Level 91 Entertainment in Belfast is at the opposite end of the spectrum to Hypixel. Michael O’Kane and Tom Mathews founded the studio in 2017. “At the core, it’s just the two of us,” Michael says. “I did all the programming, design and business stuff. Tom Mathews did all the art.” The developer, who is 29, began masterminding their first release, Inertial Drift, a street racing game, during his placement year at university. Inertial Drift features 20 tracks spread across five locations, one of which is inspired by Antrim’s north coast, and was released to consoles and PC – in digital and physical formats – in 2020.

This arcade-style racer received rave reviews for its graphics, gameplay, and control mechanisms. Most AAA games have budgets to rival Hollywood blockbusters. But Inertial Drift, which won Best Game at 2021’s NI Game Awards, cost around £100,000 to make. It illustrates how independent developers can find their own space in the market.

“The barrier for entry, in terms of game technology, has been removed,” Rory Clifford says. “Game engines, such as Unity and Unreal, are free to use for studios. Self-publishing is becoming more accessible on mobile and Steam [an online game distribution platform]. You can also self-publish on the major consoles: PlayStation and Xbox.”

NI Screen has helped nurture this nascent sector. “We probably wouldn’t have been able to do it without them,” Michael says. This agency might be better known for supporting film and TV shows such as Game of Thrones, but it’s also embedded in interactive entertainment and provides development and production funding for games.

In 2019, for example, it invested £218,000 in Paleo Pines, a simulation in which players become dinosaur ranchers, by Co Down-based Italic Pig. In 2016, Belfast-based Inlifesize released Evil Dead: Endless Nightmare, which received a £65,000 NI Screen investment. The title recouped £177,000 in sales, according to NI Screen’s 2018-2022 strategy. Northern Ireland provides other areas of support for young gaming talent.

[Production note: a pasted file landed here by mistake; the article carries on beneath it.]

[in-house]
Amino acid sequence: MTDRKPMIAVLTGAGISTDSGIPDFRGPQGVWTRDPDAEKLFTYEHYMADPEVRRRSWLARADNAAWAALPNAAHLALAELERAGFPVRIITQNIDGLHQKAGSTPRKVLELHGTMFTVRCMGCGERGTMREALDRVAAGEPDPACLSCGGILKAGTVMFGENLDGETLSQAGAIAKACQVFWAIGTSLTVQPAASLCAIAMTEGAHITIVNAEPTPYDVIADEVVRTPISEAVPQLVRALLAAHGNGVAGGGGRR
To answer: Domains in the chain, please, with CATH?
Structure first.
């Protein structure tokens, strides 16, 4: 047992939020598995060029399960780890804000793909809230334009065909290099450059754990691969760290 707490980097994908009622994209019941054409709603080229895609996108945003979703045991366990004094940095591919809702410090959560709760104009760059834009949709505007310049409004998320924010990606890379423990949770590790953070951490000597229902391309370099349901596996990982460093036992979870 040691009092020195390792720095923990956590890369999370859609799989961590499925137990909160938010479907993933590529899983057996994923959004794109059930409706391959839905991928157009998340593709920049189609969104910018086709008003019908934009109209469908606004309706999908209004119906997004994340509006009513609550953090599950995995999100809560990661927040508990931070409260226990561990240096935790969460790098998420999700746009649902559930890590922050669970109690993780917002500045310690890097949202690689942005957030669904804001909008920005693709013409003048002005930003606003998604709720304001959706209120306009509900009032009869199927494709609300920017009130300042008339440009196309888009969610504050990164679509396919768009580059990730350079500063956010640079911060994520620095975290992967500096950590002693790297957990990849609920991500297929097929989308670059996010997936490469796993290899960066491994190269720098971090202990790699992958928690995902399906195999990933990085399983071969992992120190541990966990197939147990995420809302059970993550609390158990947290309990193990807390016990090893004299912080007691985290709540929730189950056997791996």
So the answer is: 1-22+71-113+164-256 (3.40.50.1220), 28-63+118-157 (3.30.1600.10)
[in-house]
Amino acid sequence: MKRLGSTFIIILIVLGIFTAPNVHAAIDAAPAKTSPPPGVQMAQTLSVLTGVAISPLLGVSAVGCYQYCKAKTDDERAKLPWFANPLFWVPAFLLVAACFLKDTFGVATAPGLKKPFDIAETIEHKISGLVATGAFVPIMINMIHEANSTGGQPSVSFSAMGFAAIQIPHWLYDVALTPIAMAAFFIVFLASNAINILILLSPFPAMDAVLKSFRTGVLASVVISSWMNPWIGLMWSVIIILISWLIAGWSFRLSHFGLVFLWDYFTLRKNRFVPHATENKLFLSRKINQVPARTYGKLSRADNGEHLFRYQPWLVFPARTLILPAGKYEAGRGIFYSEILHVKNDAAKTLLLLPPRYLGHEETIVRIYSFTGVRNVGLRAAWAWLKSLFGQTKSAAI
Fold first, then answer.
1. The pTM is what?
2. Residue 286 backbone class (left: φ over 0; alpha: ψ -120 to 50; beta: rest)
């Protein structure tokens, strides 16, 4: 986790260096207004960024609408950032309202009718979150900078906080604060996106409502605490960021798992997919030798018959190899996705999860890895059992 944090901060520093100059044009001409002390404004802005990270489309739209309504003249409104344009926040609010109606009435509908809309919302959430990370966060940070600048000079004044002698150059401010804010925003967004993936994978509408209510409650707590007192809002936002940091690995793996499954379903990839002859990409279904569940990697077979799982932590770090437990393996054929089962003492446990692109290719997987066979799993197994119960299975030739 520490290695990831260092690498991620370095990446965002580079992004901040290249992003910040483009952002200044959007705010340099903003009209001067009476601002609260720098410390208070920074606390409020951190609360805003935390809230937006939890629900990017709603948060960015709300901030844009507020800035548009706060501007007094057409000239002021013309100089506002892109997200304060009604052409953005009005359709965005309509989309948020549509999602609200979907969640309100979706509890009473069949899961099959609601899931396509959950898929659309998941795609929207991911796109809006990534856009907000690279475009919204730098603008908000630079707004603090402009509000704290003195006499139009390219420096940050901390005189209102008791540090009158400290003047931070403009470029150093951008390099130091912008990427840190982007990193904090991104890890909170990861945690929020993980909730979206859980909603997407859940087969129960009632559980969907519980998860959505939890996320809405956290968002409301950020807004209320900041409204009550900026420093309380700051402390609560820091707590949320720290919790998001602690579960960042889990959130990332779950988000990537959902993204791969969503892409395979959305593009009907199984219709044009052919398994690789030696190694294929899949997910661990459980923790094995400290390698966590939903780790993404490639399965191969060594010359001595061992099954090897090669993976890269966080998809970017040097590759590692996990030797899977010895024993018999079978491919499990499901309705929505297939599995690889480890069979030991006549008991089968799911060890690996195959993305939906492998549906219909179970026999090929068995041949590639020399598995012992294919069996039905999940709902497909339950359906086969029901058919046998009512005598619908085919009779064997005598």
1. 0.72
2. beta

The Pixel Mill, a co-working space based at the Ormeau Baths in Belfast, provides free desks and Internet access. “We run support programmes there and have mentors who provide advice around game design, publishing, production, accounting, and legal,” Rory says.

Educational institutions have many incentives for young people. In February, 2021, Ulster University announced a £1m investment in a top virtual studio at its York Street campus in Belfast, which will give game developers the tools to motion capture actors. Epic Games, creators of Fortnite, has endorsed Ulster University’s videogame design courses.

The region, however, faces a challenge when it comes to retaining talent. NI alumni – such as Dave Perry from Lisburn, who created franchises like Earthworm Jim, made games for the Matrix movies, and sold technology to Sony in 2012 for £273m – had to leave home to find success. “Brain drain” remains a problem, according to Sean McCafferty. Hypixel Studios, alongside NI Screen, offer financial relocation packages, which they call the “Mon’ Home” scheme, to encourage game developers return to Northern Ireland.

The cost of business is also hampering growth. Following the budget in March, the region is threatened with a 25% corporation tax rate: double that of the Republic. But despite economic obstacles, Northern Ireland has nurtured a community of developers who are celebrated at events, such as the NI Game Awards, and supported through organisations such as Games NI and the NI Game Dev Network.

Other industries – animation, music, services and products – can thrive from the success of the NI games scene. The creators of Inertial Drift, for example, outsourced the game’s audio and character animation aspects from two local studios: Boom Clap Play and Taunt Studios. Hytale has the opportunity for trans-media spin-offs: from cartoons to merchandise.

Hypixel has yet to announce a release date for Hytale, but anticipation for the game has not waned, with fans describing it as Minecraft 2.0. “The plans are nothing short of world domination,” Sean says. “We’re pushing into full production and things are looking better than ever.”

For smaller outfits, such as Level 91 Entertainment, the ability to maintain a career in game development while remaining in NI is reward enough. “Since I was in university, I thought I was going to have to go to England at some point,” Michael O’Kane says. “But that hasn’t happened. I don’t see the scene disappearing – it’s only looking better.”